It has become common knowledge that the food we eat impacts our weight, our current health, and our risk of future disease. Growing evidence supports the concept that food has an impact on our mood, our memory, our energy, and our sleep.

The power of protein. 

Protein is the most powerful satiety producing macronutrient. Balancing your food plan with protein (plus whole grains and healthy fat) at each meal and snack will help you to maintain steady blood sugar levels.


When your blood sugar is stable, you will have greater protection from mood swings and fatigue (1). Select: fish, lean chicken, turkey, pork, eggs, low-fat dairy, and soy.

Fill your plate with fiber. 

Fiber helps to stabilize blood sugar, promote satiety, and help with weight loss and weight maintenance.

The recommended daily fiber intake is 14 grams per every 1,000 calories that you eat. Most Americans don’t get enough; the average intake is only 15 grams per day (2). Fiber helps to stabilize your blood sugar, which in turn helps to reduce mood swings.

Fiber also plays an important role in digestive health, which can directly impact how you feel. Select: raspberries, apples, pears, whole grains, darkly colored vegetables, beans and legumes.

“Beet” memory loss. 

Beets may help to protect against memory loss. Researchers at the Wake Forest Translational Science Center found that giving older adults a daily dose of beet juice helped to increase blood flow to the area of the brain associated with dementia (3).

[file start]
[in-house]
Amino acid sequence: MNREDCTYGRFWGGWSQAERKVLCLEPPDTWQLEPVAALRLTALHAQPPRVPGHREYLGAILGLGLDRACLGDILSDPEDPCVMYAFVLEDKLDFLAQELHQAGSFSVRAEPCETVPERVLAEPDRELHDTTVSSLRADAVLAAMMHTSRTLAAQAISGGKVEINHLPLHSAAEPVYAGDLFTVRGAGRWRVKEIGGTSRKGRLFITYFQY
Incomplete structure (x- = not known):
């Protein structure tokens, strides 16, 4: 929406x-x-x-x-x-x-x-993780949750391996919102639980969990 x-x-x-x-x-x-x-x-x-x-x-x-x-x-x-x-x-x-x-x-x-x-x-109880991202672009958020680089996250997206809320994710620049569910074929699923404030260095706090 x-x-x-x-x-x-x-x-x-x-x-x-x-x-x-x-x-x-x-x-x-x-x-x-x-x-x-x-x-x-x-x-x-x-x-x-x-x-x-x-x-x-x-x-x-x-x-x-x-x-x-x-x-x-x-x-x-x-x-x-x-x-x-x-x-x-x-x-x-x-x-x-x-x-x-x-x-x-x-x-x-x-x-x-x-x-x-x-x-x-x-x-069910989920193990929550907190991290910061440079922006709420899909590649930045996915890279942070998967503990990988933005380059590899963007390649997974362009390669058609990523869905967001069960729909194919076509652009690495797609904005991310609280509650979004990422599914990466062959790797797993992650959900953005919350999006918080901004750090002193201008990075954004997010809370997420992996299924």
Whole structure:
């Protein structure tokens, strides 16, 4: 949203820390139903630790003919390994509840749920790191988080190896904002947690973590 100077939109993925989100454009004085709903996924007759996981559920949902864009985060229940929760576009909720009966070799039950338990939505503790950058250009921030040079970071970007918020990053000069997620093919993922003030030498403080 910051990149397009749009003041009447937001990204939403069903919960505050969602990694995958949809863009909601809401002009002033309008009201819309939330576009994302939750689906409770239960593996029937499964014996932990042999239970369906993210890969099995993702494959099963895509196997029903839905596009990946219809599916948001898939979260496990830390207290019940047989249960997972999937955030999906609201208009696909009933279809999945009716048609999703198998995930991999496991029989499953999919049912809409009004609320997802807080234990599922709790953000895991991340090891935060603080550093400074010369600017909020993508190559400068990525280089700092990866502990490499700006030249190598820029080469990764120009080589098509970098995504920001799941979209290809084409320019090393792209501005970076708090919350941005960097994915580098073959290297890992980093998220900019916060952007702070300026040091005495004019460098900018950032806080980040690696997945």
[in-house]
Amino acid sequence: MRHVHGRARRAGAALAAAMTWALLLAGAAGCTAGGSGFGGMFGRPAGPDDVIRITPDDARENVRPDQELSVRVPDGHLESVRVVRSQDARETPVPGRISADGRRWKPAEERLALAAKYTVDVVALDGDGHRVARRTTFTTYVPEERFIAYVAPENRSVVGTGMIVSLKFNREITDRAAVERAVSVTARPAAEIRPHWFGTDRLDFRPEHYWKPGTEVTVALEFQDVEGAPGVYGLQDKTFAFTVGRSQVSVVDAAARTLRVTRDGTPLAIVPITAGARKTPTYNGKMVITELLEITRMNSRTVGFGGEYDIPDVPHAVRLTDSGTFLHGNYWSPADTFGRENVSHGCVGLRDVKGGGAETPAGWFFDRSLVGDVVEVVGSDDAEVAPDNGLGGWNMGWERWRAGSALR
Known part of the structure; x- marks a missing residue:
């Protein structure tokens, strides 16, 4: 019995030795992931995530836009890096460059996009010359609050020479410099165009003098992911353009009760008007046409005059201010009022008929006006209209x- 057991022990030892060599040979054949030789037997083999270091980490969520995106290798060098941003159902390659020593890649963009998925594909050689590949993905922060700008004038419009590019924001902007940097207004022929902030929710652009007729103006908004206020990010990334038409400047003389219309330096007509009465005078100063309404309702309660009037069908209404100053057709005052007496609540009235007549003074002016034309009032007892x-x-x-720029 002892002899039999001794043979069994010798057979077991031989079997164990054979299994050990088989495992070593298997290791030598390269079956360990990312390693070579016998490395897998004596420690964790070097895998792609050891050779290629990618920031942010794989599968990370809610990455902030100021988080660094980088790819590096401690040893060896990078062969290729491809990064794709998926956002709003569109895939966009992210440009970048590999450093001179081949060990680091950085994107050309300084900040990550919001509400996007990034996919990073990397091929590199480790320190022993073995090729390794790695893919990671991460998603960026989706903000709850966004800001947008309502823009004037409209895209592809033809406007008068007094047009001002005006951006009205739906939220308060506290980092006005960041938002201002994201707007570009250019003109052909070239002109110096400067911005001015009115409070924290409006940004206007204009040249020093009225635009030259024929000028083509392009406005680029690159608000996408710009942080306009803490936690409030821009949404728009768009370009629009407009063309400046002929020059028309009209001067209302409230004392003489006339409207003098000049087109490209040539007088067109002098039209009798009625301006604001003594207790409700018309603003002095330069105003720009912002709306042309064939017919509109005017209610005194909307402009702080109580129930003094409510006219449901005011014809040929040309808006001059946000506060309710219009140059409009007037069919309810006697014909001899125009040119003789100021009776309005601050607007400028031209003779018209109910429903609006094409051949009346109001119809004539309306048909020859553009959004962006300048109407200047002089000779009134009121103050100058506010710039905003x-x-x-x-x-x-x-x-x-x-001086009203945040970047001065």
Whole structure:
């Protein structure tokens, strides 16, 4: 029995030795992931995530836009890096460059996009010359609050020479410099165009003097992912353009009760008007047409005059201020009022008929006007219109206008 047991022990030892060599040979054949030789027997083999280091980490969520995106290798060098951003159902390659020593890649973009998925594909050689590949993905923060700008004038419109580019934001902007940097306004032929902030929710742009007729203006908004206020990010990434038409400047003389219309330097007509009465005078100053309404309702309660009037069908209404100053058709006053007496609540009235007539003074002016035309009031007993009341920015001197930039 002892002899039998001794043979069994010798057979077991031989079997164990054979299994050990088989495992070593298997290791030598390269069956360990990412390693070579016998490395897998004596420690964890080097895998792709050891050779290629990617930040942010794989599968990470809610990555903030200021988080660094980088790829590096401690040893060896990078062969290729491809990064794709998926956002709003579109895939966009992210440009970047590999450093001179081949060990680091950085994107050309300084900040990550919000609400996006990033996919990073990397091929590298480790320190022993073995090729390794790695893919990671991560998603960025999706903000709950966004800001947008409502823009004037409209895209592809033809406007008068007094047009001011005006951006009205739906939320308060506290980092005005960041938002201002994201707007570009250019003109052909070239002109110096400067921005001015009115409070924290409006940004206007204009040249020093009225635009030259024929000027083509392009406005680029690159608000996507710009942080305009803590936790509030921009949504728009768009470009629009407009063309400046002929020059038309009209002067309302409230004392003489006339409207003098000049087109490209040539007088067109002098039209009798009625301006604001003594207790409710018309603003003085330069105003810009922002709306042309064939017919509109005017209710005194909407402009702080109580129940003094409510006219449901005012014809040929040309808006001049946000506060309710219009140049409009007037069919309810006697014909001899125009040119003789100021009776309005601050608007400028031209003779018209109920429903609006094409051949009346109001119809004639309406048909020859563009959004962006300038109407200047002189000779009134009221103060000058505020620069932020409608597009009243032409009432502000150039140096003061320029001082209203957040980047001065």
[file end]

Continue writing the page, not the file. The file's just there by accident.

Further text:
If beet juice isn’t your favorite, get a serving by adding beets to your bowl whenever you eat at a salad bar. At home, try mixing grated raw beets into coleslaw, enjoy the classic combo of roasted beets, goat cheese, and arugula, or add canned beets into fruit smoothies.

Nutty about Nuts. 

A lack of selenium may negatively impact your mood. A great, and tasty way to get selenium is through eating Brazil nuts.

Nuts supply a good source of vitamin E and magnesium (4). Magnesium is a mineral that plays a crucial role in maintaining and protecting the body’s health. Deficiency can cause irritability, fatigue, mental confusion and predisposition to stress (5). Select: Almonds, cashews, peanuts, and Brazil nuts.

Super Salmon. 

mood foods_2

Salmon is amazing for your mind. Fatty fish are rich in omega-3 fatty acids, a structural component of the human brain that enables neurons to conduct signals and communicate with other cells.

Studies confirm that frequent fish eaters experience slower rates of cognitive decline as they age. Keep your brain sharp by eating fatty fish like salmon at least twice each week (6).

Happily hydrate. 

Limit caffeine containing beverages to no more than 2 per day. The high you feel from the caffeine is short lived and can leave some people feeling depressed when it’s over. Shorting your body from hydration can lead to fatigue. Select: plenty of water (8+ glasses per day), caffeine free tea, and try broth soups.

Beware the drive-thru. 

Generally speaking fast-food restaurants serve all food and beverages that leads to a poor mood; foods rich in refined carbohydrate, sugar, and saturated fats. Studies have found that food from McDonalds negatively impact blood vessel function and blood flow. That’s bad news for your heard and your head!

It all comes down to fueling your brain properly, to allow your brain to meet the needs of your body. Choose foods to give your brain, and your body, nutrients to stay healthy, energized, and happy!

Works Cited:

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